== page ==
Many of us wondered when the curse was going to kick in. During his first season as the coach of Notre Dame Brian Kelly won a game or two, and then at times he won two games in a row! That doesn’t sound like a curse.
And then this season where Kelly won game after game after game. It was as if he had forgotten how to lose; it was as if he were invincible.
Or so, at least, he imagined—and so others imagined who overlooked the fact that he had a wimpy schedule.
Last night he did not have a wimpy schedule. He played Alabama, and he got whooped so bad that everyone watching knew that Bill Cunningham’s curse had finally come true.
Had Brian Kelly won that game—and there’s no way that he would have, but let’s play pretend—he would have marched across that field like a Roman emperor.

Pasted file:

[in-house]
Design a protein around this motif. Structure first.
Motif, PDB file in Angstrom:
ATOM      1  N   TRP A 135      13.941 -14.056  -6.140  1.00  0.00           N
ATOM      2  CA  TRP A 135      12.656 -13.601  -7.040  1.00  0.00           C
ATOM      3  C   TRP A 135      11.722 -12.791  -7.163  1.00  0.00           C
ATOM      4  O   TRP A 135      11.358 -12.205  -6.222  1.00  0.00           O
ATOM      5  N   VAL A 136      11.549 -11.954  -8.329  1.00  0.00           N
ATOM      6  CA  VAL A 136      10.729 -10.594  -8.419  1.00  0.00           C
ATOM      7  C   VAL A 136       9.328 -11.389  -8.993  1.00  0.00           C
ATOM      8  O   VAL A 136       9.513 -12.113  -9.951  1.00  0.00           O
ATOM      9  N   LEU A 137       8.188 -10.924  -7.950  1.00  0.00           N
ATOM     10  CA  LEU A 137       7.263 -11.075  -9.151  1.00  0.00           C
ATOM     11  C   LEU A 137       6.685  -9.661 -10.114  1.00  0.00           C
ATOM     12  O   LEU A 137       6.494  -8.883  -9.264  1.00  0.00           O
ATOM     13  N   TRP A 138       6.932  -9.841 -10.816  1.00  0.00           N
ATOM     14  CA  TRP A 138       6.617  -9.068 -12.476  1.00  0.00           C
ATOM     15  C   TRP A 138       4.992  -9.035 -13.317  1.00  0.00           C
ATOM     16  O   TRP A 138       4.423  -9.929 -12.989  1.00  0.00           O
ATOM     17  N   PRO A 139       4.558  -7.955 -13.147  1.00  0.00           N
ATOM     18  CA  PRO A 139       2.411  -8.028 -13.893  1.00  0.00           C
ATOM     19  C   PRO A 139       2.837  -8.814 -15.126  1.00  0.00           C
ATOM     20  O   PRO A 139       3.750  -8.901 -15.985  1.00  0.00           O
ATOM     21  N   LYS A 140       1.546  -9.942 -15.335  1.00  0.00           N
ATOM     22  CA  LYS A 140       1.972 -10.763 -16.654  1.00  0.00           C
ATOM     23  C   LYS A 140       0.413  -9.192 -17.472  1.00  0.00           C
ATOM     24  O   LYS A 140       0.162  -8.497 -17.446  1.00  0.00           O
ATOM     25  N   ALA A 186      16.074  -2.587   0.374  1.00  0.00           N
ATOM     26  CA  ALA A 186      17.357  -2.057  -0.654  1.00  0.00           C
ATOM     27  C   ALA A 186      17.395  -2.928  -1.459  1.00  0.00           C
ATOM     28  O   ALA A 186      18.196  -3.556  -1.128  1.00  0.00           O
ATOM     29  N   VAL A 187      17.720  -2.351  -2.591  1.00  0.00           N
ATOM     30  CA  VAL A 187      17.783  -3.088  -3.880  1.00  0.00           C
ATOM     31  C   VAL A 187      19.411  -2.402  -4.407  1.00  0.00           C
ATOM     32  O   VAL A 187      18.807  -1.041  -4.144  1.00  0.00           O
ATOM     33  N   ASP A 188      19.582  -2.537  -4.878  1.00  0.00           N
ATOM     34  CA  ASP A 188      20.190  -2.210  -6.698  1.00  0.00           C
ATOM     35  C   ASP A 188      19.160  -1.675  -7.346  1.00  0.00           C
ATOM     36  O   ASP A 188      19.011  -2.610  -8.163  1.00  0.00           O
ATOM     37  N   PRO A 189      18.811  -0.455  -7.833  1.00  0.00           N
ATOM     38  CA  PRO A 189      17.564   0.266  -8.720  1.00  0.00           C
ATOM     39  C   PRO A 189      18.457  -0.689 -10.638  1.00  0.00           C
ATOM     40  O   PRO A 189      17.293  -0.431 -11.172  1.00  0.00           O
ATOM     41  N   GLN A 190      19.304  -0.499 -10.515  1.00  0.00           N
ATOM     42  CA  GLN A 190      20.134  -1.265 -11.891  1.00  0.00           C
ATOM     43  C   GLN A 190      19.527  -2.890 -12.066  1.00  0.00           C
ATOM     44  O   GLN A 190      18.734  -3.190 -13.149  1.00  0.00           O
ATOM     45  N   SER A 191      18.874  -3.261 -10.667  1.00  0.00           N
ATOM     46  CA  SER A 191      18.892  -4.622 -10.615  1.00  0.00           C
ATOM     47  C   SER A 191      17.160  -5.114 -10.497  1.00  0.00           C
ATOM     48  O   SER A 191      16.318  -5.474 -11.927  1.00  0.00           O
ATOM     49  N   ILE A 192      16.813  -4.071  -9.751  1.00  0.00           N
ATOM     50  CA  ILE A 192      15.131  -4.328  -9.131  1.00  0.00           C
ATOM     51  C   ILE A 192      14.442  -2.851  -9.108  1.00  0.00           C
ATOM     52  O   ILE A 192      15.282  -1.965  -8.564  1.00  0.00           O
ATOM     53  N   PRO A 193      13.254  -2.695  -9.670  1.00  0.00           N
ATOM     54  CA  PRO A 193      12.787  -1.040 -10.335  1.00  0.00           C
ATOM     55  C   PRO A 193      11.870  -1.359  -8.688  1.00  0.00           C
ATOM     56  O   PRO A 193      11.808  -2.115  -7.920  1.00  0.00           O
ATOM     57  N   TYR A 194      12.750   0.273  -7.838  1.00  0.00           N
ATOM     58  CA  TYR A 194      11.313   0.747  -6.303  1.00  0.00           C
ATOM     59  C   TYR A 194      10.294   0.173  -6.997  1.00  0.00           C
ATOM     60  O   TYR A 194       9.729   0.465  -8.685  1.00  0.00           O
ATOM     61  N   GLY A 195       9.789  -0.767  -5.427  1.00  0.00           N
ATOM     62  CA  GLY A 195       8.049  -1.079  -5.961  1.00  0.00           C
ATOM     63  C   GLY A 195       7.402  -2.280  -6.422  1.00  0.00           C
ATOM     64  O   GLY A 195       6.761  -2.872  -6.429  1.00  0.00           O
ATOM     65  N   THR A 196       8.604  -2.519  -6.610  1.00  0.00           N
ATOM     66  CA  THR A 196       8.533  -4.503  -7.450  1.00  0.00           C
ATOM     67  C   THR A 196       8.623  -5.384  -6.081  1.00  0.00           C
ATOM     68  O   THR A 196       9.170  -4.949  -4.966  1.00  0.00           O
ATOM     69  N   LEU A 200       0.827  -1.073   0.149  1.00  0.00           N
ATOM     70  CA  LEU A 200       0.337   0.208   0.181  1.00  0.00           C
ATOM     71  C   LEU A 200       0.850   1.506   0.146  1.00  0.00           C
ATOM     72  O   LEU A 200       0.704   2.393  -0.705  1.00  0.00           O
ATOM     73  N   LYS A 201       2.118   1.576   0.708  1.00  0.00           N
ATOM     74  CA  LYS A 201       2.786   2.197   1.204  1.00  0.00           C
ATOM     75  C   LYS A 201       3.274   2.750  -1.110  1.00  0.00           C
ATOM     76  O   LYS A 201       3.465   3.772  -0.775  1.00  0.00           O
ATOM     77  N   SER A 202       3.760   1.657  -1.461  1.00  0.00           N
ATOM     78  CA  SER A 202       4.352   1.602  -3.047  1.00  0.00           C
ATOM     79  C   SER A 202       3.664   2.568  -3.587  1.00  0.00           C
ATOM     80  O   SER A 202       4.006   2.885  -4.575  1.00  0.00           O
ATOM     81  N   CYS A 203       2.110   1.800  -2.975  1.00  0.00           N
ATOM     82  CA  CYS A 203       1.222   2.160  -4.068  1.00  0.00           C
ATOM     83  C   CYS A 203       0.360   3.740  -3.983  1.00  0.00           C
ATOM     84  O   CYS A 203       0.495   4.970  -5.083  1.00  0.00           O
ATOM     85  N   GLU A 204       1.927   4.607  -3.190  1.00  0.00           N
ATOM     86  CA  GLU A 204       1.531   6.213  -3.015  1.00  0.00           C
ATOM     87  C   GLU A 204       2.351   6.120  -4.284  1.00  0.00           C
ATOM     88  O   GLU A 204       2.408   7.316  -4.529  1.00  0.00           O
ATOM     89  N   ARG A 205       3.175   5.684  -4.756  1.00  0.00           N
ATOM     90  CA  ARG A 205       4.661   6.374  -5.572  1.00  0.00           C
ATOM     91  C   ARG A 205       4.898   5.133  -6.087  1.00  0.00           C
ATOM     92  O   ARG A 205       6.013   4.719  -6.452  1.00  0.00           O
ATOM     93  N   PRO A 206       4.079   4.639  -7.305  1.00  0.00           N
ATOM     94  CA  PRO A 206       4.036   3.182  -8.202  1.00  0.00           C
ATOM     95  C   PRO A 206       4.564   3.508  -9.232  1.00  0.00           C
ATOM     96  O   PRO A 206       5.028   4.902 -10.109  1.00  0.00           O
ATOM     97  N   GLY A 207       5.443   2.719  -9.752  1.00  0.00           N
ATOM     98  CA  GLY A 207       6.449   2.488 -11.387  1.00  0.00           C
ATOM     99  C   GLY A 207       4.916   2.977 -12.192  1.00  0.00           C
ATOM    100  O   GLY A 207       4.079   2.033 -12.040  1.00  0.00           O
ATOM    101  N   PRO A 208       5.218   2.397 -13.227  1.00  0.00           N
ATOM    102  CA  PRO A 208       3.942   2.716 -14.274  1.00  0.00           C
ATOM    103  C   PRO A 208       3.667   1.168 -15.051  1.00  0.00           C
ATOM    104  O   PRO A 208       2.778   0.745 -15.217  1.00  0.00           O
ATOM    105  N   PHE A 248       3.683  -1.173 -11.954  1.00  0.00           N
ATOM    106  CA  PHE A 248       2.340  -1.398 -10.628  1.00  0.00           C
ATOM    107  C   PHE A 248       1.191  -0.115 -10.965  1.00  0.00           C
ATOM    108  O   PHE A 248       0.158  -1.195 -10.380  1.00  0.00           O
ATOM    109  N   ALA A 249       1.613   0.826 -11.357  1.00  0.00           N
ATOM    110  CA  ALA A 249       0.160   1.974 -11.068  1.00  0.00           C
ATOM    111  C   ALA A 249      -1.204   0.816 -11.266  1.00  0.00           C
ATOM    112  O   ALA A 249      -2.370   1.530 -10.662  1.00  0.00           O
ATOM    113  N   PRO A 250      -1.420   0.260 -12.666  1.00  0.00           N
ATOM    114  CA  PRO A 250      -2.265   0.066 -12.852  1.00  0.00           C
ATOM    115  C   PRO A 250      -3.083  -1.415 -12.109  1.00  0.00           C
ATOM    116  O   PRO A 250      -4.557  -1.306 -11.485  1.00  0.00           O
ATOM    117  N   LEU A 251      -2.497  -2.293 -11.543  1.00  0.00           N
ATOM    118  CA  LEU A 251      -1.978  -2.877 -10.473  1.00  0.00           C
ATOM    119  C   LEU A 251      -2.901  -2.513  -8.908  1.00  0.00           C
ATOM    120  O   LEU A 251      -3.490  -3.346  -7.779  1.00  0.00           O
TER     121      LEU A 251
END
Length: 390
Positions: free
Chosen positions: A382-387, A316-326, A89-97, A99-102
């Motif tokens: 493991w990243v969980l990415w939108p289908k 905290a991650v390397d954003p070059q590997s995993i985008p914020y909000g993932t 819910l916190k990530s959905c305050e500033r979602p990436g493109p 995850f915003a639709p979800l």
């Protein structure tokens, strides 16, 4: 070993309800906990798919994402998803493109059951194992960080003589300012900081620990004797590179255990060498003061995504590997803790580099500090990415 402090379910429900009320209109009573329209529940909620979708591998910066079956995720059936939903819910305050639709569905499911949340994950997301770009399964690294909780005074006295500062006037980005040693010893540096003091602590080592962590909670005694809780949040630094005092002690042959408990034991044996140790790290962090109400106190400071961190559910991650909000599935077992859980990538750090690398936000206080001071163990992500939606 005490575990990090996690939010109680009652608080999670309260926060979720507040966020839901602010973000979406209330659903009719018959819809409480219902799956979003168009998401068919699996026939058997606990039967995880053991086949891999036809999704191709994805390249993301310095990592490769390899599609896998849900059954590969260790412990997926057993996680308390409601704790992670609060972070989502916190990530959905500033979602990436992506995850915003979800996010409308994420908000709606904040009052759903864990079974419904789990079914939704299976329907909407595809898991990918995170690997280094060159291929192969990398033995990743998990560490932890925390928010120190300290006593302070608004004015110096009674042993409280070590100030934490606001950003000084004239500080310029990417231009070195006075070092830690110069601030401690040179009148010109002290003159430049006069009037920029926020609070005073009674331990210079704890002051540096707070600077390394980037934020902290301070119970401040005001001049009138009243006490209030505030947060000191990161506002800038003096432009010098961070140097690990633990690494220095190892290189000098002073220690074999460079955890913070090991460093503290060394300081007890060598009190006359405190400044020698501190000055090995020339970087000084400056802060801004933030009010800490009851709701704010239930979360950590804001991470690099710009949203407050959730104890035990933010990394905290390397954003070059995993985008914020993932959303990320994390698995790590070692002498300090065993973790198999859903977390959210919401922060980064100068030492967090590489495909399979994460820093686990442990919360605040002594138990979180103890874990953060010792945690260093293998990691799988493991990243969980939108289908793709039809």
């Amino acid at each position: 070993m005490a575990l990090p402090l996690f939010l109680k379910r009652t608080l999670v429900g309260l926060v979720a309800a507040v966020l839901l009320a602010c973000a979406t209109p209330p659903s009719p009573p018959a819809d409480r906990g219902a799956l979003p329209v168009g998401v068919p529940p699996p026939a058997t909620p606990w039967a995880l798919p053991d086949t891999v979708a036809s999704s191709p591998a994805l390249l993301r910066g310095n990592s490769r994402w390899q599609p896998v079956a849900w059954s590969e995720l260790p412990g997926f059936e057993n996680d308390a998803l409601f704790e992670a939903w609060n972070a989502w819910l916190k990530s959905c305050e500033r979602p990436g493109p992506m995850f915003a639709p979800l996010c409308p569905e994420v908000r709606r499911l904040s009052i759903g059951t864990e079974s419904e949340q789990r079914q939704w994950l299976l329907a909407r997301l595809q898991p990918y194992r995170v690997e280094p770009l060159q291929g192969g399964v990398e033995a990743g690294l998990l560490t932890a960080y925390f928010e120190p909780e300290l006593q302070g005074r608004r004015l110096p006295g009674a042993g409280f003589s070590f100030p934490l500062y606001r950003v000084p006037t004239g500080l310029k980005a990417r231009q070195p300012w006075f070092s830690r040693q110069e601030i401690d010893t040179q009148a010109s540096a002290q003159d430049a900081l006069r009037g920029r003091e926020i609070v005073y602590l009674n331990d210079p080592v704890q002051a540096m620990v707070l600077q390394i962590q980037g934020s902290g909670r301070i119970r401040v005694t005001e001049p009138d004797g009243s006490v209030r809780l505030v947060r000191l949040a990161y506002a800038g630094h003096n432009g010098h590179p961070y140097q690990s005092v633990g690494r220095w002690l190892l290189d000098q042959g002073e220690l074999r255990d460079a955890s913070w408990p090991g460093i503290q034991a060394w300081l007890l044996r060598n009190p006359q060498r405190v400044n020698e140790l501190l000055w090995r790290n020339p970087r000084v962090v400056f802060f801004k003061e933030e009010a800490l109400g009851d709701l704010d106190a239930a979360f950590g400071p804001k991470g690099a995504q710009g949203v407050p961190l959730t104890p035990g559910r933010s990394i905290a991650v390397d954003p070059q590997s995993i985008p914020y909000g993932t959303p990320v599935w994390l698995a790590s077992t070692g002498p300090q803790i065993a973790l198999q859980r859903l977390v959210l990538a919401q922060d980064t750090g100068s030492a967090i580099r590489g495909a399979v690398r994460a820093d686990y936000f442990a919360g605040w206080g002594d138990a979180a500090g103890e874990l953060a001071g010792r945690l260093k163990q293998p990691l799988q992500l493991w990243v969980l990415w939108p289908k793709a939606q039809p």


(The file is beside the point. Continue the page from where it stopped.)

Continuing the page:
Instead he looked really tiny—Lilliputian, in fact.
While watching him, I remembered a scene from Orson Welles’ great film The Magnificent Ambersons. Although Welles doesn’t appear in that film, he does some great voice-overs, and his best one appears after the Ambersons’ world comes crashing down. Re-watching that scene on youtube last night, I thought of Brian Kelly as I heard Orson Welles voice these words: “And now it came at last; George Amberson Minafer had got his comeuppance. He got it three times filled and running over.”
I’m sure that anyone else who watches that scene will juxtapose Brian Kelly with George Amberson, and for that reason I urge you to check it out. In the end, it’s almost as if Welles had predicted Kelly’s rise and fall: